Did we learn anything about the Magic Leap VR headset? Yesterday began with an article in Quartz that spread throughout the tech media. And with images and a link to a new patent filing, it seemed like a tantalizing glimpse into the secretive company’s product. We’d finally get to see what CEO Rony Abovitz has been cryptically talking about for so long. And why so much VC money has poured into the company.
But by the end of the day, Mashable posted a denial by Magic Leap, with the company saying the patent filing was nothing more than
. . . ‘part of [Magic Leap’s] R&D and experience validation’ and that ‘it’s not at all what our product will look like.’
So what did we learn? Only that the company remains as secretive as ever.
The Magic Leap VR Headset that Wasn’t
The filing patent revealed a visor-type front not all that different from Meta Smartglasses or Microsoft HoloLens. But the similarity ended there. The rest of device is significantly smaller with only a band running across the top of your head. Quartz called a ” . . . cross between a snowboard helmet, and what Darth Vader might wear on the beach.”
Here’s a view from the front of the device:
And here’s a back view perspective:
Magic Leap’s Denial
Despite the images, Magic Leap was soon denying there was anything of consequence here. As Mashable said,
At this point, with no proof otherwise, we’ll have to take their word for it and wait a little longer to find out exactly what Magic Leap’s VR product does look like. However, with every passing month, the combination of secrecy and rave reviews from those who have tried it is only putting more pressure on the Florida-based company to deliver a knockout product when it finally debuts to the public.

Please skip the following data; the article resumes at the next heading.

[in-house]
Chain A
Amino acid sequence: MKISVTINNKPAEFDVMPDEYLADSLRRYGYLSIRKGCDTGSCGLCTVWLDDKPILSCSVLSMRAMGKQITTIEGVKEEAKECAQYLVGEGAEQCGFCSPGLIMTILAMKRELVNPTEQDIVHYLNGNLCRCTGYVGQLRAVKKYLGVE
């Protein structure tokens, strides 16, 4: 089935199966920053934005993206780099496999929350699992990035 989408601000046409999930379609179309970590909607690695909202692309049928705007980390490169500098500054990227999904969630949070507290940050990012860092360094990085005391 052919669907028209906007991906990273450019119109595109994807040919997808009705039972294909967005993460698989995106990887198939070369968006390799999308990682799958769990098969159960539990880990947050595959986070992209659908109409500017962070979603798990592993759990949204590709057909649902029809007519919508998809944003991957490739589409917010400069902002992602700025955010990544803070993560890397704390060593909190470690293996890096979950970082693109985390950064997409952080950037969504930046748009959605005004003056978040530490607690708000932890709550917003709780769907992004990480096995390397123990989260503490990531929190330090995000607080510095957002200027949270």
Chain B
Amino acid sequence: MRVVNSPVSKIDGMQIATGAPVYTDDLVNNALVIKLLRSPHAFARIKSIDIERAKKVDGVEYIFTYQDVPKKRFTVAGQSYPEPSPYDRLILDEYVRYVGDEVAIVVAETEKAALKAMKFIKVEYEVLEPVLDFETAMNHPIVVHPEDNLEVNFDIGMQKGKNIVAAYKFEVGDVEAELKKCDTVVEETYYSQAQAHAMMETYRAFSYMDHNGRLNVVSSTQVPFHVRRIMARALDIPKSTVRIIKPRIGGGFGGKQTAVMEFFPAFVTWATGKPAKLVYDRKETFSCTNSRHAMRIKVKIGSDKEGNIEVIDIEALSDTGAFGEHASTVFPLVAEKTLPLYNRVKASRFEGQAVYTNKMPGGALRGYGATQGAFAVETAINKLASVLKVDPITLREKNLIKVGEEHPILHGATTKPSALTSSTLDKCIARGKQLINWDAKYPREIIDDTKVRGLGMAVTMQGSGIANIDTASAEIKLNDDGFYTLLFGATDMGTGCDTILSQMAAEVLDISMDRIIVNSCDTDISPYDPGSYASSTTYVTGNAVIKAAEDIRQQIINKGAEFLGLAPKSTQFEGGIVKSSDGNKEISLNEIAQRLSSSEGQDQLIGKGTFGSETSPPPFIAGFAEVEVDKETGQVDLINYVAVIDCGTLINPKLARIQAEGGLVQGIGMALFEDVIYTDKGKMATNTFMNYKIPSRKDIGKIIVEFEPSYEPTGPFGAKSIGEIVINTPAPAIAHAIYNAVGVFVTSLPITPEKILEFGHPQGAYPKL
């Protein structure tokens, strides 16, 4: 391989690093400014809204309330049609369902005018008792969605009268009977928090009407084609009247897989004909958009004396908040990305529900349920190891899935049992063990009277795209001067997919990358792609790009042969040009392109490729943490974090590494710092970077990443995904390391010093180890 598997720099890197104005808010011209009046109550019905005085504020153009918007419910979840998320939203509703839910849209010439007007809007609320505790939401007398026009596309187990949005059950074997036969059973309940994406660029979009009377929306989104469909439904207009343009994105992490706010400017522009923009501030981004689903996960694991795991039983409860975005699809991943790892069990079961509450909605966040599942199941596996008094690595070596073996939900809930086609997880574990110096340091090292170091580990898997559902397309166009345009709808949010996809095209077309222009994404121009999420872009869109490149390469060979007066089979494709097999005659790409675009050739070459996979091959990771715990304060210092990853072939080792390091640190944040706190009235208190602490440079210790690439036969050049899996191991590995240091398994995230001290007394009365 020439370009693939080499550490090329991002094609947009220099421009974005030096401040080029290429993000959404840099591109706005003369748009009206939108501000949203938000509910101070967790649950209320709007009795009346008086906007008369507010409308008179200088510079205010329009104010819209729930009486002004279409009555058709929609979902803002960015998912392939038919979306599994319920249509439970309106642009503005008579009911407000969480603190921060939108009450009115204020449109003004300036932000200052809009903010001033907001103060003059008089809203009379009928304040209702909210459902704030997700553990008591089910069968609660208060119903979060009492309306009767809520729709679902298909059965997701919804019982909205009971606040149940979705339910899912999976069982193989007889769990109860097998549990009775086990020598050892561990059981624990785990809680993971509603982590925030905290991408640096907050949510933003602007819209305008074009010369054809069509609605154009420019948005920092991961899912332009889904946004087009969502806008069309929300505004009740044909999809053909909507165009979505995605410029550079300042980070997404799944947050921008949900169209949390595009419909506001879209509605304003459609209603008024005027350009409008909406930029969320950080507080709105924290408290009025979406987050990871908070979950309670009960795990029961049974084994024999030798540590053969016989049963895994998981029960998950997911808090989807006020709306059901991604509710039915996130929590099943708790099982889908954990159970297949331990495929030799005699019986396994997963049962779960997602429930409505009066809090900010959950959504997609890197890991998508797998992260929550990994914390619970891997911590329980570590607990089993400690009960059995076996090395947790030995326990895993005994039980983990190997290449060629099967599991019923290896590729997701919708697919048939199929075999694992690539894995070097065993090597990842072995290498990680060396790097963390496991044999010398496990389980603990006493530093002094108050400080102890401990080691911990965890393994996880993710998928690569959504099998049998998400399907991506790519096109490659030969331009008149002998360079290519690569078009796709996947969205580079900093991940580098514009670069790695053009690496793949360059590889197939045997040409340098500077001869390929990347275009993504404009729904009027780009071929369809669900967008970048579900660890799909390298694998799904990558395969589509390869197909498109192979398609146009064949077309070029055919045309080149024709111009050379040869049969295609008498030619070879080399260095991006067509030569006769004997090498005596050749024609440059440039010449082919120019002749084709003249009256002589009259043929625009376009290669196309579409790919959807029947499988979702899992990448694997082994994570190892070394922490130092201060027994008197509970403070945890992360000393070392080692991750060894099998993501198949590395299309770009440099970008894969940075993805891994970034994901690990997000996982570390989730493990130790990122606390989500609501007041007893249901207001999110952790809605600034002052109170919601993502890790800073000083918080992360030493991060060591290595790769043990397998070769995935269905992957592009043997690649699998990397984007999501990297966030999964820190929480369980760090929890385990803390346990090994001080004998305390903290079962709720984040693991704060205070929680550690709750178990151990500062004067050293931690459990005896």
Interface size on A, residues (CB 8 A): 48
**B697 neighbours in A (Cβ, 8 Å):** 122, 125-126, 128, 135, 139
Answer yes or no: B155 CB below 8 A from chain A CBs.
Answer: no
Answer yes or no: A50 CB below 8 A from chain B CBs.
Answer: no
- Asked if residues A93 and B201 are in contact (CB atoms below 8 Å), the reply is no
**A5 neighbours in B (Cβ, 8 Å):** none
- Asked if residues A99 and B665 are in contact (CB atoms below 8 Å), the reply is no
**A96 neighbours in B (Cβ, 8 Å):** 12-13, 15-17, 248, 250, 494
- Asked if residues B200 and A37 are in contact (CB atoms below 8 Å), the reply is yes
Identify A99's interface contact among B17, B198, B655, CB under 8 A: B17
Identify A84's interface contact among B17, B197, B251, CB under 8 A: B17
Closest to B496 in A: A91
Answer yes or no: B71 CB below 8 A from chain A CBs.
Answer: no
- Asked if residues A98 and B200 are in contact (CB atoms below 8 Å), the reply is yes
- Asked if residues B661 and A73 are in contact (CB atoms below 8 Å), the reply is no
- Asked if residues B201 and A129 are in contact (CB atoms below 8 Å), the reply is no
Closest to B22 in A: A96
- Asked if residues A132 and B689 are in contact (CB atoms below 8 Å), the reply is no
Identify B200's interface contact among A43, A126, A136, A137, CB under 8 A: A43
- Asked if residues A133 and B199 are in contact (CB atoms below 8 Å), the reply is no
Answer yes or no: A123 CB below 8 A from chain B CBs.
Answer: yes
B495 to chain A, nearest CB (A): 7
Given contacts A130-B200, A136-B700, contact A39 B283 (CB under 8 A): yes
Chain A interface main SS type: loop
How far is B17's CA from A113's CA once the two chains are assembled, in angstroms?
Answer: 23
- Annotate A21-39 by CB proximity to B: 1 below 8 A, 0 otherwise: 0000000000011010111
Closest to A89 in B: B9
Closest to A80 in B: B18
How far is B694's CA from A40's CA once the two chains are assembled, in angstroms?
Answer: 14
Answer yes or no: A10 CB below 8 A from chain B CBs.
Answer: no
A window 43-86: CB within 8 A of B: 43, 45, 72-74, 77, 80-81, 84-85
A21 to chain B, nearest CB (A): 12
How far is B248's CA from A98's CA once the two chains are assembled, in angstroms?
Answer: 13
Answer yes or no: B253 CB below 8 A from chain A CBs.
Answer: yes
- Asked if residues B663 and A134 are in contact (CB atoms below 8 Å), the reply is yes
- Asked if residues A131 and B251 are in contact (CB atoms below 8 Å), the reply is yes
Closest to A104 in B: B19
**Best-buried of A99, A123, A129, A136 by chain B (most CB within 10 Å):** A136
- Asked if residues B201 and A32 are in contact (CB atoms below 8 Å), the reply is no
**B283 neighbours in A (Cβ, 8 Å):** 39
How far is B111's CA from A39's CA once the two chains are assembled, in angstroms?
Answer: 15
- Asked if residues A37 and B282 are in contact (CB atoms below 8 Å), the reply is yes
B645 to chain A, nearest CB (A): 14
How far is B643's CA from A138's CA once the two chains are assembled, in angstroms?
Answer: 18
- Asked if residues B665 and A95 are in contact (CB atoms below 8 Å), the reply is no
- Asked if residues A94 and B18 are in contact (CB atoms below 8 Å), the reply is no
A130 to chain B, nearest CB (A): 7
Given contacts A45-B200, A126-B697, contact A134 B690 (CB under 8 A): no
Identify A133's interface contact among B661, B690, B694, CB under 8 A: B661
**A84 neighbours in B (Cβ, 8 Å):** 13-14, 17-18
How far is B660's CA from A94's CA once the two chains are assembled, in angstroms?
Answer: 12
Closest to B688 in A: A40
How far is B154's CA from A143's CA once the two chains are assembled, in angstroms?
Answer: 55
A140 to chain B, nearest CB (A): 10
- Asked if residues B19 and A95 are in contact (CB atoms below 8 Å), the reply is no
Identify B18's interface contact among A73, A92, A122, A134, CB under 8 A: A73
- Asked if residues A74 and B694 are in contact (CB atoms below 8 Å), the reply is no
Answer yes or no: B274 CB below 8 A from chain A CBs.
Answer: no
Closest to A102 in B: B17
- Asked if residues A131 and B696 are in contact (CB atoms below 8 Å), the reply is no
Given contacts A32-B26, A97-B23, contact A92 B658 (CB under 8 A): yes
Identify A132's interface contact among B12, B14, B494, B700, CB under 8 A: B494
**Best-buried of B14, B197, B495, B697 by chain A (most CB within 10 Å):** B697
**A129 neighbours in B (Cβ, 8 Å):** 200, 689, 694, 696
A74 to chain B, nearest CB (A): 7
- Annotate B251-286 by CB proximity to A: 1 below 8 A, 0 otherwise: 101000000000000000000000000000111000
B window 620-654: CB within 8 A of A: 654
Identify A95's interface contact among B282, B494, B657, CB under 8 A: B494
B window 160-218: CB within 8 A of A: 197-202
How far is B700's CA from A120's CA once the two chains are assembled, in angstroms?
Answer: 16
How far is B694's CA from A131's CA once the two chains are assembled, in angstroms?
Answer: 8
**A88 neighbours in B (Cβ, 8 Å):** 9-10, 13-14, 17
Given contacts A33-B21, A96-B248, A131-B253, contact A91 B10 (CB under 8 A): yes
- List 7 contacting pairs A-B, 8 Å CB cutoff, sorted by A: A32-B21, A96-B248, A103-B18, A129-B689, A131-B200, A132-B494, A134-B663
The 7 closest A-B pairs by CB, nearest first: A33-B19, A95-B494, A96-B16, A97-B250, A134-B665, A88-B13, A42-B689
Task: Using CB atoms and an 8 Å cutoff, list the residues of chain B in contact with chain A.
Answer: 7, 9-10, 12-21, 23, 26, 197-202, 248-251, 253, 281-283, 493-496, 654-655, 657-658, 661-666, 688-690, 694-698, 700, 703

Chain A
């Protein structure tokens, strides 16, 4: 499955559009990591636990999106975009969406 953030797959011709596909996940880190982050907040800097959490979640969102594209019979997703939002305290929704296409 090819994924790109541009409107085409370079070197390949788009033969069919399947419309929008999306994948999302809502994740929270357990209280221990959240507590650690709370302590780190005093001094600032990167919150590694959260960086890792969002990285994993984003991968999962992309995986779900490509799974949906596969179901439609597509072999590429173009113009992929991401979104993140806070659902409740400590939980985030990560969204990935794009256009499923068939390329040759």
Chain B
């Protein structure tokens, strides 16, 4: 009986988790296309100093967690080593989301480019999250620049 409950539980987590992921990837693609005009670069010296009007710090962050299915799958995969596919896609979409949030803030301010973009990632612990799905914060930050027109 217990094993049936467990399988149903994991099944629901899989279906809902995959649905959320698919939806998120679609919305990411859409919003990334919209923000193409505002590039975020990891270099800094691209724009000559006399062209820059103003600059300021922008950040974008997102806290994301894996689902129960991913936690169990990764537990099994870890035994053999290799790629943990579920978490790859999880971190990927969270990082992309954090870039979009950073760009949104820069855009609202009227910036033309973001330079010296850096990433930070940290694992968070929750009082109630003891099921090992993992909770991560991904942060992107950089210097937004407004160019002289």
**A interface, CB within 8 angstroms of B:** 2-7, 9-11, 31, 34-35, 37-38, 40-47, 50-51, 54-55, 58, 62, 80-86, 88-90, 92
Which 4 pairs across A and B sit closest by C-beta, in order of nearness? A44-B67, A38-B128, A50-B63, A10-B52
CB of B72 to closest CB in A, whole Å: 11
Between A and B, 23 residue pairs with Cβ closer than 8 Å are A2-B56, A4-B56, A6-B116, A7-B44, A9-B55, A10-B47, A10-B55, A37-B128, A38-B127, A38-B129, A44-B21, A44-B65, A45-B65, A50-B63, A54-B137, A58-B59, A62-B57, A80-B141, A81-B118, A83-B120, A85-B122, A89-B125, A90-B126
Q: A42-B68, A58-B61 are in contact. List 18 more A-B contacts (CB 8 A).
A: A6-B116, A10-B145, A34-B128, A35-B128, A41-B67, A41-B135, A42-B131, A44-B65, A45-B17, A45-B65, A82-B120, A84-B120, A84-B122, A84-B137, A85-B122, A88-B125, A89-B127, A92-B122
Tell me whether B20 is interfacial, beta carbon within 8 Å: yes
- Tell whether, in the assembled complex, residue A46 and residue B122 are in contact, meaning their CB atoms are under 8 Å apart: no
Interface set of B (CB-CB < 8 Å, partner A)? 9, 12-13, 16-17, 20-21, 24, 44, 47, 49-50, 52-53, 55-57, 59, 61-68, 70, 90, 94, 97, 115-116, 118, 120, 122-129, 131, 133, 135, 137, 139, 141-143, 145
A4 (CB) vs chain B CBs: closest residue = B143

The Pressure Builds
In the offices of Magic Leap sits one of the most highly anticipated tech devices ever. We’ve seen Daliesque scenes of a whale floating over a beach, demos of incredibly realistic 3D games, and hints of innovative retail and office applications. But nothing more.
This spring we watched Alex Kipman’s talk at TED where he brought NASA scientist Jeff Norris out on the stage through holographic teleportation. And we’ve seen how HoloLens is being used to navigate the rover across the Martian surface. Moreover, Microsoft’s device is already in the hands of developers. And showing up at Meetups in NYC. Last week we saw HoloLens inside – of all places – Google’s headquarters in the Meatpacking District.
This news cycle didn’t bring us any closer to understanding Magic Leap. But with HoloLens already out of the gate, the clock is ticking for Magic Leap to show us something.
And do it soon.
Emory Craig is a VR consultant, writer, and speaker with years of experience in art, new media, and higher education. He is actively engaged in innovative developments for AR and VR at the intersection of learning, games, and immersive storytelling. He is fascinated by virtual worlds, AI-driven avatars, and the ethical implications of blurring the boundaries between the real and the virtual.